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Voices from Frontiers of Innovation

VIDEO GALLERY

Voices from Frontiers of Innovation: Building Adult Capabilities 

A new interactive video gallery includes members of Frontiers of Innovation (FOI) speaking about how the initiative’s science-based theory of change for achieving breakthrough outcomes for vulnerable children and families is relevant to—and changing—the way they and others work in a range of policy and practice sectors.

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Working Paper #11

Building the Brain’s “Air Traffic Control” System: How Early Experiences Shape the Development of Executive Function

Working Paper 11Being able to focus, hold, and work with information in mind, filter distractions, and switch gears is like having an air traffic control system at a busy airport to manage the arrivals and departures of dozens of planes on multiple runways. In the brain, this air traffic control mechanism is called executive function, a group of skills that helps us to focus on multiple streams of information at the same time, and revise plans as necessary. Acquiring the early building blocks of these skills is one of the most important and challenging tasks of the early childhood years, and the opportunity to build further on these rudimentary capacities is critical to healthy development through middle childhood, adolescence, and into early adult life. 

This joint Working Paper from the National Scientific Council on the Developing Child and the National Forum on Early Childhood Policy and Programs explains how these lifelong skills develop, what can disrupt their development, and how supporting them pays off in school and life.

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InBrief: Early Childhood Mental Health

InBrief: Early Childhood Mental HealthThe science of child development shows that the foundation for sound mental health is built early in life, as early experiences—which include children’s relationships with parents, caregivers, relatives, teachers, and peers—shape the architecture of the developing brain. Disruptions in this developmental process can impair a child’s capacities for learning and relating to others, with lifelong implications. This two-page summary—part of the InBrief series—explains why, many costly problems for society, ranging from the failure to complete high school to incarceration to homelessness, could be dramatically reduced if attention were paid to improving children’s environments of relationships and experiences early in life.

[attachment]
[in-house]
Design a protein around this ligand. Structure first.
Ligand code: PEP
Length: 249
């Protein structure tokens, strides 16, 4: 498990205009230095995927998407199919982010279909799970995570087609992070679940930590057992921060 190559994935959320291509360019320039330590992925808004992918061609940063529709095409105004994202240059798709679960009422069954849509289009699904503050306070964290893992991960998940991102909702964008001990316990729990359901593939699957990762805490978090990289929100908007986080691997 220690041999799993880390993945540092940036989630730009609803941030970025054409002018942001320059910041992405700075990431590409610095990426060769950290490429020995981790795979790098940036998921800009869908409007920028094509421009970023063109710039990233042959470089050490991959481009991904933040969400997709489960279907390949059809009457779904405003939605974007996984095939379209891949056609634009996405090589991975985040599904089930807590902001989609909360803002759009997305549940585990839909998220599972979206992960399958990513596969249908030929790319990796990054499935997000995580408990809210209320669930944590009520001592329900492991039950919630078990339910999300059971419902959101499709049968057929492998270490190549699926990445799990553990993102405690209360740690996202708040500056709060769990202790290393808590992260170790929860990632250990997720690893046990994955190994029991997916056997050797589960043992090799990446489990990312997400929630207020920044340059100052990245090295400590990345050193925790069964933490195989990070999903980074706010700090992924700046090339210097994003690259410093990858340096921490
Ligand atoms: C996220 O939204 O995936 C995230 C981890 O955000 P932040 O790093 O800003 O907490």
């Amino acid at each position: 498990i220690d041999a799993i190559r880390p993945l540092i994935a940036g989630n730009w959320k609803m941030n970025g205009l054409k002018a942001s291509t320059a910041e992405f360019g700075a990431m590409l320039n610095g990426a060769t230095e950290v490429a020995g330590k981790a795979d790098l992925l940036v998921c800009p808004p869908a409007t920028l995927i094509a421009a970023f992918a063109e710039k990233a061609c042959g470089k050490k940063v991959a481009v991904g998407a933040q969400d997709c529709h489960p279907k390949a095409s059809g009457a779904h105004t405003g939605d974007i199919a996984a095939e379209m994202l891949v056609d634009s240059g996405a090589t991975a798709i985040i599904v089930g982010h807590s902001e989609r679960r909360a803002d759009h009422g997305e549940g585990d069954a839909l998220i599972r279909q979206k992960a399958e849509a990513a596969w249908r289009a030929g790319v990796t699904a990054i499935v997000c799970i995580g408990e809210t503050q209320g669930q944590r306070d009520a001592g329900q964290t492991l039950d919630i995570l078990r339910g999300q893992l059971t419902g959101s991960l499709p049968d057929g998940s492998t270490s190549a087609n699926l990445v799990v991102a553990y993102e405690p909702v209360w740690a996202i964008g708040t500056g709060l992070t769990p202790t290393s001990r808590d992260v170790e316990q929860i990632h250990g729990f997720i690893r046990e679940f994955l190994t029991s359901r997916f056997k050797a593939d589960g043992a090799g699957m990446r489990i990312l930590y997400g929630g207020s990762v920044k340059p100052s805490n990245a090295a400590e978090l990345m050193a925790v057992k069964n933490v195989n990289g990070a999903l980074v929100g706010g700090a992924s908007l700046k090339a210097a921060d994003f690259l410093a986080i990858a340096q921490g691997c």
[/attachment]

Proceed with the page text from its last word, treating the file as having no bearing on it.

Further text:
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"Leveraging the Biology of Adversity to Address the Roots of Disparities in Health and Development"

Drawing on emerging science about how early adversity becomes “built into the body” and can impair learning, behavior, and health for a lifetime, this paper, by Center Director Jack P. Shonkoff, proposes an enhanced theory of change to promote better outcomes for vulnerable young children and to catalyze a new era of more effective early childhood policy and practice. The article appeared, ahead of print publication, on the web site of the Proceedings of the National Academy of Sciences of the United States of America.